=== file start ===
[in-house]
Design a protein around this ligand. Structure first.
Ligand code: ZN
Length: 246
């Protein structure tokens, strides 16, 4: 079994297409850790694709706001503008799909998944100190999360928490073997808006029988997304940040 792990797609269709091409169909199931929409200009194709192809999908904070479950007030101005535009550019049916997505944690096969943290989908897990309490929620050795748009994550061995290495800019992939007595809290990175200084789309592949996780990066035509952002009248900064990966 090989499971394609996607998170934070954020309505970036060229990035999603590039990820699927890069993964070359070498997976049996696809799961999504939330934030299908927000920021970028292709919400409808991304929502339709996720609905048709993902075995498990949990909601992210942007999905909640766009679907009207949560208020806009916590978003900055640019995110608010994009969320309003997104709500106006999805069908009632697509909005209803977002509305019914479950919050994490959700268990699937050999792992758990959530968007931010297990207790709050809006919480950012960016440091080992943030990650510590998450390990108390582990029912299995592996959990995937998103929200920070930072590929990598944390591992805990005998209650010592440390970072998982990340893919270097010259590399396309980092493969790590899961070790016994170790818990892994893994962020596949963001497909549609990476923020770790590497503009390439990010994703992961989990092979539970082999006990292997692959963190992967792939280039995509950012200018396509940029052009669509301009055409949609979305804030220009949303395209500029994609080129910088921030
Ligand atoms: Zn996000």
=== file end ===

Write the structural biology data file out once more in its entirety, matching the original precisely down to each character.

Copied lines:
[in-house]
Design a protein around this ligand. Structure first.
Ligand code: ZN
Length: 246
């Protein structure tokens, strides 16, 4: 079994297409850790694709706001503008799909998944100190999360928490073997808006029988997304940040 792990797609269709091409169909199931929409200009194709192809999908904070479950007030101005535009550019049916997505944690096969943290989908897990309490929620050795748009994550061995290495800019992939007595809290990175200084789309592949996780990066035509952002009248900064990966 090989499971394609996607998170934070954020309505970036060229990035999603590039990820699927890069993964070359070498997976049996696809799961999504939330934030299908927000920021970028292709919400409808991304929502339709996720609905048709993902075995498990949990909601992210942007999905909640766009679907009207949560208020806009916590978003900055640019995110608010994009969320309003997104709500106006999805069908009632697509909005209803977002509305019914479950919050994490959700268990699937050999792992758990959530968007931010297990207790709050809006919480950012960016440091080992943030990650510590998450390990108390582990029912299995592996959990995937998103929200920070930072590929990598944390591992805990005998209650010592440390970072998982990340893919270097010259590399396309980092493969790590899961070790016994170790818990892994893994962020596949963001497909549609990476923020770790590497503009390439990010994703992961989990092979539970082999006990292997692959963190992967792939280039995509950012200018396509940029052009669509301009055409949609979305804030220009949303395209500029994609080129910088921030
Ligand atoms: Zn996000």